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Two DVDs


  • Directed by Whit Stillman
  • Damsels in Distress

A pair of worthy films that did not play in local theaters are now out on DVD:

Damsels in Distress. In Whit Stillman's first film since The Last Days Of Disco, a private East Coast college is watched over by a group of young philanthropists in training, headed by Violet Wister (Greta Gerwig). These preppy "perfume obsessed" and ultimately well-meaning girls believe that the high suicide rate at the college could be curbed by teaching depressed dorm dwellers and frat boys proper hygiene -- and giving them parts in tap dancing musicals. The girls declare war on the journalism department when the school paper suggests that the college's elitist frat house be shut down. When Violet comforts a lovelorn girl by advising her to lower her standards in men, the girl takes her advice by stealing Violet's clueless, "not very good-looking" boyfriend, which sets Violet on a downward spiral. Although this takes place in the same upper class East Coast world as Stillman's critically acclaimed Metropolitan, this film's humor is less dry and more like a classic screwball comedy. Once the absurdity sinks in, Damsels is hilarious, gently mocking its characters without feeling mean-spirited. (Recommended for fans of Wes Anderson.)

The Woman in the Fifth. Ethan Hawke and Kristin Scott-Thomas star in this unnerving psychological thriller from Polish director Pawel Pawlikowski. Tom Ricks (Hawke) is an American novelist attempting to settle down in Paris to be near his young daughter, despite a restraining order placed at the request of his ex-wife. The Paris here is not one typically seen on the big screen; it's a seedy vortex that calls to creative people like a siren, then eats them alive. Ricks' belongings are stolen as soon as he arrives; he ends up staying rent free above a rundown Turkish café whose owner tells him, "You're American; I trust you." The proprietor gives him a mysterious job that involves sitting in an underground room somewhere in the city, watching a security camera and only letting in people who ask for "Monsieur Monde" (Mr. World). Ricks soon notices screams, bloodstains in the hallway and electrical drains that make the lights dim, but he continues to do his job. In his off hours, he begins an affair with a haughty widow (Scott-Thomas) who is the muse of a Hungarian poet, and things get even stranger. Despite his intriguing new life, it seems Ricks is only able to write letters to his daughter. This is a film that leaves much to the imagination, which can be either refreshing or frustrating -- perfect for fans of offbeat thrillers with a strong sense of place.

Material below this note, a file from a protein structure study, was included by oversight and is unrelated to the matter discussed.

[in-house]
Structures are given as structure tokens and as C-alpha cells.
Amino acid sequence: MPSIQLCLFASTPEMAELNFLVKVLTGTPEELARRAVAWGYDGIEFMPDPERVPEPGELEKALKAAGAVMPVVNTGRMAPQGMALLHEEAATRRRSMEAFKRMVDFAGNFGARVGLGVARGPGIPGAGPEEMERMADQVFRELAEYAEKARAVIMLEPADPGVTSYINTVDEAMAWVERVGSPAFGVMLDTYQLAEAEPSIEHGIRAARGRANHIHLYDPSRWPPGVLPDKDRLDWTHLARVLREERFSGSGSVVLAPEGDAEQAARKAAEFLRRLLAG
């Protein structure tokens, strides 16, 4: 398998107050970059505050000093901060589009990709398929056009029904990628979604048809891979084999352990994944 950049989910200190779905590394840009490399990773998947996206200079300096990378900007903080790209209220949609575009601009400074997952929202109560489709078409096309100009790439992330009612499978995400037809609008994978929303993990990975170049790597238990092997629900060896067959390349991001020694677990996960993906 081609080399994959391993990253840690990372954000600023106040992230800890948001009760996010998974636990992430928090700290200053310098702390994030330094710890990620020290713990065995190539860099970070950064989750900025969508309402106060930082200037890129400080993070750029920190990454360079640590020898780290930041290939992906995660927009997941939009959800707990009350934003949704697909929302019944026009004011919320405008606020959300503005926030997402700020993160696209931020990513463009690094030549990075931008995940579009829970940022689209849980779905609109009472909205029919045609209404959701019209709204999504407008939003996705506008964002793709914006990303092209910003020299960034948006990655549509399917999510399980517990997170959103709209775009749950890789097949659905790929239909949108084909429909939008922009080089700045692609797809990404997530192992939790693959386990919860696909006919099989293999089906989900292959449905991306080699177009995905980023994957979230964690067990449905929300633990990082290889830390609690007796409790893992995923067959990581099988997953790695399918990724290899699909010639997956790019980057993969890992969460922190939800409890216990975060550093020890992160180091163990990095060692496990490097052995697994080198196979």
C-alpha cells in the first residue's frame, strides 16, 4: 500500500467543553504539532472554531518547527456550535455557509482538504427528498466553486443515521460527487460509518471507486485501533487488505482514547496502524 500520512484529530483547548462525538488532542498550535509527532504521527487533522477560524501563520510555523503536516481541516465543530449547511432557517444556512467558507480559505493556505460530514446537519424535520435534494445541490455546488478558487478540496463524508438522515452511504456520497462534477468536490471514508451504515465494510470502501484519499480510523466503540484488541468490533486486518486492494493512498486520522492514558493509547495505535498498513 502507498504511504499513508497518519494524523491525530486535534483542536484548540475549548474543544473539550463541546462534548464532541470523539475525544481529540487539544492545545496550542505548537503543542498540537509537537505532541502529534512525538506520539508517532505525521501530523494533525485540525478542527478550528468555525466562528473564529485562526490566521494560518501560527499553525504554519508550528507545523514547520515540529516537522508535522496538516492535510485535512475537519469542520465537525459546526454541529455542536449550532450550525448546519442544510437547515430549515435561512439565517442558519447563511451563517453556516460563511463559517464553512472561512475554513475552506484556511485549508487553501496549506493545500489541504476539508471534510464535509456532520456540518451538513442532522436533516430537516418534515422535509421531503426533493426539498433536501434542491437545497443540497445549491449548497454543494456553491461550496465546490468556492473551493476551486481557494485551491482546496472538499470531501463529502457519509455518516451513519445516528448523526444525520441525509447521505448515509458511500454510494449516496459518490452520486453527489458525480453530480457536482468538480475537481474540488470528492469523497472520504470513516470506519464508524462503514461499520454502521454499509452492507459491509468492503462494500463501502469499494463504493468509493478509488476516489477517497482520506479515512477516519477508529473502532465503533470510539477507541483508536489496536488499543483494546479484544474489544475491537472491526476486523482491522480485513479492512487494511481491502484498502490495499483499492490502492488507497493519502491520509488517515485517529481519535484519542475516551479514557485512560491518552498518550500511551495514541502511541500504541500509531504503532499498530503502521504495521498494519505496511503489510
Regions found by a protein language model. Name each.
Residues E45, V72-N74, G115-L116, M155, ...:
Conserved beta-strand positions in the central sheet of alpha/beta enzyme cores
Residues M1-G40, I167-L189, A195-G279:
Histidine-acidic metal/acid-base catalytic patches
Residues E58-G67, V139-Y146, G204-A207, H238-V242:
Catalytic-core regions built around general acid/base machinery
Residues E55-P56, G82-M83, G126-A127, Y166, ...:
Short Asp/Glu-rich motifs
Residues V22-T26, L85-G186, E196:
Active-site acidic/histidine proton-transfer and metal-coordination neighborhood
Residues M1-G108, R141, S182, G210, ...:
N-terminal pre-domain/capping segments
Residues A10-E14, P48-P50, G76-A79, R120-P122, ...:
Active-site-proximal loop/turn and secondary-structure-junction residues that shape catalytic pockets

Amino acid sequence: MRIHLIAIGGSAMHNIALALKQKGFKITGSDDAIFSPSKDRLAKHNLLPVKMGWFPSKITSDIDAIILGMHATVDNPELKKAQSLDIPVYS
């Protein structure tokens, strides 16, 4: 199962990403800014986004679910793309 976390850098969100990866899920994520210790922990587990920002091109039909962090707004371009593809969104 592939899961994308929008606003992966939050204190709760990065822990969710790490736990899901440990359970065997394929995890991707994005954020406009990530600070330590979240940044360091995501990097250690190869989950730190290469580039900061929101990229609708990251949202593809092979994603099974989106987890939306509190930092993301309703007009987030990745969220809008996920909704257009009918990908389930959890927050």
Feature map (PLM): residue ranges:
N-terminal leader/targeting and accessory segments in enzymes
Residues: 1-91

Aimee Hennessy is co-owner of La Dolce Video, an independent Arcata video rental store specializing in foreign and indie cinema.

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